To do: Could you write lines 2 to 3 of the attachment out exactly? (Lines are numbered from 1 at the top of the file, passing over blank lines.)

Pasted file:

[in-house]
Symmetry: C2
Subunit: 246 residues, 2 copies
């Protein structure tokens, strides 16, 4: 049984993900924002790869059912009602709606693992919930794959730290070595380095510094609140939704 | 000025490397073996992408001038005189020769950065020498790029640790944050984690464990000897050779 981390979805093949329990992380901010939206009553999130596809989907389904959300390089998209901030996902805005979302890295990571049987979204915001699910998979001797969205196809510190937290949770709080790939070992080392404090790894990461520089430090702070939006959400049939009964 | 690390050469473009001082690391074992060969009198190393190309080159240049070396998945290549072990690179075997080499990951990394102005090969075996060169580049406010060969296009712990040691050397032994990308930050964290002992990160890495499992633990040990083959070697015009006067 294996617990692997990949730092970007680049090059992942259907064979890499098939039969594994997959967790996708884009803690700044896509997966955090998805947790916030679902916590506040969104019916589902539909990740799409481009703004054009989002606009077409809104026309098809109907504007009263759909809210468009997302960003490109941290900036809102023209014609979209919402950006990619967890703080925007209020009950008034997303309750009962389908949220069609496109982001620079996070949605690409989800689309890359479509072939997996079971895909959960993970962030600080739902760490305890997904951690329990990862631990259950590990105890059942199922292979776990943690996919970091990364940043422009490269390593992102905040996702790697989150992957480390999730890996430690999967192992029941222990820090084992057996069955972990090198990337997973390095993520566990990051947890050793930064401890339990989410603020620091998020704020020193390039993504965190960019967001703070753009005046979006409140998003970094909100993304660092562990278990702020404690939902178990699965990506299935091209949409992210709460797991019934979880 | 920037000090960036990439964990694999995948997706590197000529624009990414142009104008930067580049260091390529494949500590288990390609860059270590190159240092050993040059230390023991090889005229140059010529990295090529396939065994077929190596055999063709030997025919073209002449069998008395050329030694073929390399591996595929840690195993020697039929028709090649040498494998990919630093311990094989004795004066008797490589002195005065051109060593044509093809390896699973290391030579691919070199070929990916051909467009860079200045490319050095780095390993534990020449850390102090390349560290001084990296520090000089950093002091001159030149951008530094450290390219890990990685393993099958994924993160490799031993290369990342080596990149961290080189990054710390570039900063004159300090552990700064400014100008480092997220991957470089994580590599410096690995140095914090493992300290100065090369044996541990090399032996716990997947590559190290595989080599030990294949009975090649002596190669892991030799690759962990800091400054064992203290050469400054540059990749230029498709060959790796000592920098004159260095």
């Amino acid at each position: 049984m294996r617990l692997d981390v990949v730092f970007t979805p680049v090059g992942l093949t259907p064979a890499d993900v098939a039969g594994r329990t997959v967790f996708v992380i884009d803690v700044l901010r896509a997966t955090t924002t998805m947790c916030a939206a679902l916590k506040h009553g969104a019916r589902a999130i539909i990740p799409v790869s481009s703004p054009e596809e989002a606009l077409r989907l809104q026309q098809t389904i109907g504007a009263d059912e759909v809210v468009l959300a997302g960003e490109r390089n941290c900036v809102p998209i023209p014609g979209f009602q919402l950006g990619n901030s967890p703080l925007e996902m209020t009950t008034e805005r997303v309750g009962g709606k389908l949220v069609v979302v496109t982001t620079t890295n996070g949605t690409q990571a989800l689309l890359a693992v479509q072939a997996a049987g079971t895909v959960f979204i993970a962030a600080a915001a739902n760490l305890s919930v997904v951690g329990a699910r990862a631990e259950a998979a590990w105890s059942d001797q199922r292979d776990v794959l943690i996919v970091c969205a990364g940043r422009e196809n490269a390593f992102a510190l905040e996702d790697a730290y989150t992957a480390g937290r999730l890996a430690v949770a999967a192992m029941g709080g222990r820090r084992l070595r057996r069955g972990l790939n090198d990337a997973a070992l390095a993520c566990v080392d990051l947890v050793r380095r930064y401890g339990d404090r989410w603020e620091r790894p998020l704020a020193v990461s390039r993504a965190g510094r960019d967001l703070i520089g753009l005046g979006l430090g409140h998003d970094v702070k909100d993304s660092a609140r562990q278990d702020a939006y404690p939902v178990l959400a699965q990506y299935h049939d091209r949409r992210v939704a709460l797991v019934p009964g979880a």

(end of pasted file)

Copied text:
Symmetry: C2
Subunit: 246 residues, 2 copies